Eric John Reid, who spent a lifetime in agriculture in Angus, has died aged 93.
He worked full time on farms for 51 years and then in retirement, accompanied his son delivering agricultural machinery around the county.
This allowed him to keep up with all the farm news and developments.
Eric also devoted much of his retirement to cultivating his allotment, where he grew vegetables for family and friends.
He was born in August, 1929 at Balconnel farm, Brechin, to William and Sarah Reid and grew up with siblings Jean, Cath, Maureen and Bill.
When he left school aged 14, Eric went straight into farming. It was an occupation he loved and made a successful career of.
Over the years he worked at at Panlathy Mill, Carnoustie, Westhills, Carmyllie, and then at Carnegie Farm, Carmyllie, where he remained until his retiral and from where he was awarded a long-service certificate.
It was during the course of his farm work that Eric met his future wife, Nan.
He was working the land and Nan was employed in the farmhouse when romance blossomed.
Like many couples at that time, Eric and Nan would meet under H Samuel’s clock in Dundee on a Saturday, go for chips and then visit the cinema.
They married at Panbride Church, Carnoustie, in 1960, set up home at Panlathy Mill and went on to have two of a family, Eric and Malcolm.
Known as a highly conscientious worker throughout his life, Eric was even known to take his children’s prams into the tattie fields.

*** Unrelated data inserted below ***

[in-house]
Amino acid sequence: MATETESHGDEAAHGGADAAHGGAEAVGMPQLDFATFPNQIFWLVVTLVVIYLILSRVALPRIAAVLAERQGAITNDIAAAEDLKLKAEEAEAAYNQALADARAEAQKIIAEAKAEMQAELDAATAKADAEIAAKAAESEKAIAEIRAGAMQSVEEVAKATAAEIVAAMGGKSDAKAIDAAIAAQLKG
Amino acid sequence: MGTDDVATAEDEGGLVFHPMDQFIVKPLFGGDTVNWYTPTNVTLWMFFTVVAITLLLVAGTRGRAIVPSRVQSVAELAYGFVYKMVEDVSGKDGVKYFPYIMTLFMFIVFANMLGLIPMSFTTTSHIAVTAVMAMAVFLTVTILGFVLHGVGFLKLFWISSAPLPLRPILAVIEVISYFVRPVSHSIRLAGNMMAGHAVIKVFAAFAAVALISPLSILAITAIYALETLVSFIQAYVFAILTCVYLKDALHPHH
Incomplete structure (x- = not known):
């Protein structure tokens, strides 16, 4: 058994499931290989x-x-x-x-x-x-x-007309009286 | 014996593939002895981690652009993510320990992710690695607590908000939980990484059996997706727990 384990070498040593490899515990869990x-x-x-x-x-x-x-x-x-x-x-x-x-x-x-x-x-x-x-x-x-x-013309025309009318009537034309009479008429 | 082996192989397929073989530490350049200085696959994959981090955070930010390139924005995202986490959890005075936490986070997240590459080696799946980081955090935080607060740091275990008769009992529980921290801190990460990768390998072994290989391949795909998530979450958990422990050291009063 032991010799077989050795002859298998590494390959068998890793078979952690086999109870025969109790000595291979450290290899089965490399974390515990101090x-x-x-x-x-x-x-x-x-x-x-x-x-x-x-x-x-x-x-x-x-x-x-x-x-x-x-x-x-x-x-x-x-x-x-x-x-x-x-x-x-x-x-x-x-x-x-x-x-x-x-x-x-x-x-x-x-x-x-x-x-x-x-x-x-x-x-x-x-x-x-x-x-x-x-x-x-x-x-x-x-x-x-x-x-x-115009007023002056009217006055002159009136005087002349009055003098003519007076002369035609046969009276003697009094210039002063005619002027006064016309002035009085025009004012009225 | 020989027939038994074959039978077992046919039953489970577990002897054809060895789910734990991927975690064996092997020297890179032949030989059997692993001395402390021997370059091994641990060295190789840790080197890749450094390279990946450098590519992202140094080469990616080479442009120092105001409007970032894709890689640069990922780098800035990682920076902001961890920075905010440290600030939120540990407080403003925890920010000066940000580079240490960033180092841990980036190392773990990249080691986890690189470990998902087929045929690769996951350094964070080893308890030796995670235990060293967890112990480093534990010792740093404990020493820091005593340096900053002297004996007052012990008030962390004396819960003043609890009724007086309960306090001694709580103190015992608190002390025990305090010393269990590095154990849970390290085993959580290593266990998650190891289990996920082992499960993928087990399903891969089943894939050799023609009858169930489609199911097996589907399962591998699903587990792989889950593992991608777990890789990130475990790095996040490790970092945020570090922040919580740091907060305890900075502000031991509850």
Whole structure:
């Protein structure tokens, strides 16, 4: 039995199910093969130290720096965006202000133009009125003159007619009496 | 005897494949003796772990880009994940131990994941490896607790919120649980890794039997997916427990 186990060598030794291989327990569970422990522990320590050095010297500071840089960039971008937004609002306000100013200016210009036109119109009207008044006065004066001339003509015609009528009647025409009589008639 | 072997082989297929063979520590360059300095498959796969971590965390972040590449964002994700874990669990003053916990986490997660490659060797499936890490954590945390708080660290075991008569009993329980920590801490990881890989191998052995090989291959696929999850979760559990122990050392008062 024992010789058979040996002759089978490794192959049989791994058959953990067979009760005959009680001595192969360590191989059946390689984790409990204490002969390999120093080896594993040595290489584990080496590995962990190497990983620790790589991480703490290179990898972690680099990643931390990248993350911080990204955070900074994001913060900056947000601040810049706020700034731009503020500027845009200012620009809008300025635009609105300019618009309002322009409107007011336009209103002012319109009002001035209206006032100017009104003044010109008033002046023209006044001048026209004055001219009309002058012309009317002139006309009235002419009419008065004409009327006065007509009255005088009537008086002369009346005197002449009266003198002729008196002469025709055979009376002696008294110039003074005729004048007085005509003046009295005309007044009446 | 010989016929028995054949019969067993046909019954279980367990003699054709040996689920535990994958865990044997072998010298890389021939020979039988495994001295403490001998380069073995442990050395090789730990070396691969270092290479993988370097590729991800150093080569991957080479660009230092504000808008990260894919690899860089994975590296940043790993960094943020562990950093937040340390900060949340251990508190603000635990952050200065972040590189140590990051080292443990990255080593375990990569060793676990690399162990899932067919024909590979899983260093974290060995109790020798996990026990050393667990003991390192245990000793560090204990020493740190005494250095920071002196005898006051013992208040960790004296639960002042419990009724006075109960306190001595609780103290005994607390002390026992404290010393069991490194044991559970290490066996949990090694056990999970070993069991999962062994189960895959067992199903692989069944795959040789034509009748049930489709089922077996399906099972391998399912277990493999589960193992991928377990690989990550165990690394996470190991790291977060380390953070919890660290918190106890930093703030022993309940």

Nan and Eric went to live in Arbroath when he retired aged 65 but he remained active on the land, gardening at Panmure Estate and joining his son Eric on his machinery rounds.
What little leisure time Eric had was spent listening to accordion music, often at Ogilvy Arms, Kirriemuir.
Holidays were spent caravanning when the family was young and, in later years, Eric and Nan enjoyed trips around Europe including to the Rhine and Cyprus.
Annette Gordon, minister at Panbride Church, who conducted Eric’s funeral service, said in her tribute: “Eric was always a source of great knowledge and encouragement to his sons, guiding them through life and they say it was their dad’s support and advice that made them the men they are today.
“Eric has been laid to rest in accordance with his wishes next to the ploughed furrow where his wife Nan picked tatties and with views of Carmyllie and the Scryne, the land he farmed and worked on all his days.”